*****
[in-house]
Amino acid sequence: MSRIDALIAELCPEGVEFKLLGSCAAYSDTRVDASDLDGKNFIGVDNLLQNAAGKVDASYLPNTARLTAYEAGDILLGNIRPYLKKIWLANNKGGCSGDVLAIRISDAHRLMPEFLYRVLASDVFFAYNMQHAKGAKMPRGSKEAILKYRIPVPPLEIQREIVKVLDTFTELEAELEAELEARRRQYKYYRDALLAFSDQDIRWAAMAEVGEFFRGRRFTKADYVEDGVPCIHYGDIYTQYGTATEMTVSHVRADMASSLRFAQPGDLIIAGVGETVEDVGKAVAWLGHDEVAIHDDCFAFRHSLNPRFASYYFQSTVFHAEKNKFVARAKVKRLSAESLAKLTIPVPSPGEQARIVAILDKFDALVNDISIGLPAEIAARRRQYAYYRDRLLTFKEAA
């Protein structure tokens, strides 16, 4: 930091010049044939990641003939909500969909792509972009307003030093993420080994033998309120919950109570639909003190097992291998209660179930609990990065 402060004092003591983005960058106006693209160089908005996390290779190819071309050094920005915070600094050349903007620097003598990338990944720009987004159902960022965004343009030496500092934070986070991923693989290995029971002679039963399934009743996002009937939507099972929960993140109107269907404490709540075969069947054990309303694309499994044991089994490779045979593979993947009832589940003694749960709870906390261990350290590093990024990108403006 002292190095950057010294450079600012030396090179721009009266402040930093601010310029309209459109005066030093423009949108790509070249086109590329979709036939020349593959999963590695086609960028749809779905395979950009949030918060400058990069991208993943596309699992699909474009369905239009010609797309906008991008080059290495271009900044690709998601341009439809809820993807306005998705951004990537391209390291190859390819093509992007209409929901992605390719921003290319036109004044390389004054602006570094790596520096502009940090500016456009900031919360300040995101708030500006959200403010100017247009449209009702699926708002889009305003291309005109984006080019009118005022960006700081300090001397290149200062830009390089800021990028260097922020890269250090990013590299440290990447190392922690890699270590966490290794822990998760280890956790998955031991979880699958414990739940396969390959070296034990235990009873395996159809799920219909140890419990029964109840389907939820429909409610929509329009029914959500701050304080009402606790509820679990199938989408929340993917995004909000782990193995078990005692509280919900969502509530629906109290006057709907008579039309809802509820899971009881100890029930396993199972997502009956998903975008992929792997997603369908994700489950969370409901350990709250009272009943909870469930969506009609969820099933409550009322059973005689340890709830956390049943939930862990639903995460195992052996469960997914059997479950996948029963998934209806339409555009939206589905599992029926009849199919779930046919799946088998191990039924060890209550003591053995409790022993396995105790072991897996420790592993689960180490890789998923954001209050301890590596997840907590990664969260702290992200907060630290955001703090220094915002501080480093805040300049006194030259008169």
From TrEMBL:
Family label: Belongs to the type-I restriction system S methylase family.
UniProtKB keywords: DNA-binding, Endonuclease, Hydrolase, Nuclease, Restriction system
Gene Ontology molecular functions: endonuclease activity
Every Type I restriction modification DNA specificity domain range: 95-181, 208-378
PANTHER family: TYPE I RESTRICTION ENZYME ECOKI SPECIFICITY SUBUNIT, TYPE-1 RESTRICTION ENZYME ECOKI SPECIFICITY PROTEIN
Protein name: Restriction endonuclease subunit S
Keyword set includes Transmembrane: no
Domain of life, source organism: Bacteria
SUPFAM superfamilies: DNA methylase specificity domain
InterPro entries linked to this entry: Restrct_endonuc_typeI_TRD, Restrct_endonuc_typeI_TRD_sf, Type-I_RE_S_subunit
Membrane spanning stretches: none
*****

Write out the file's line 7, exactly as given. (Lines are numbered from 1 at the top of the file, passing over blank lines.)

Gene Ontology molecular functions: endonuclease activity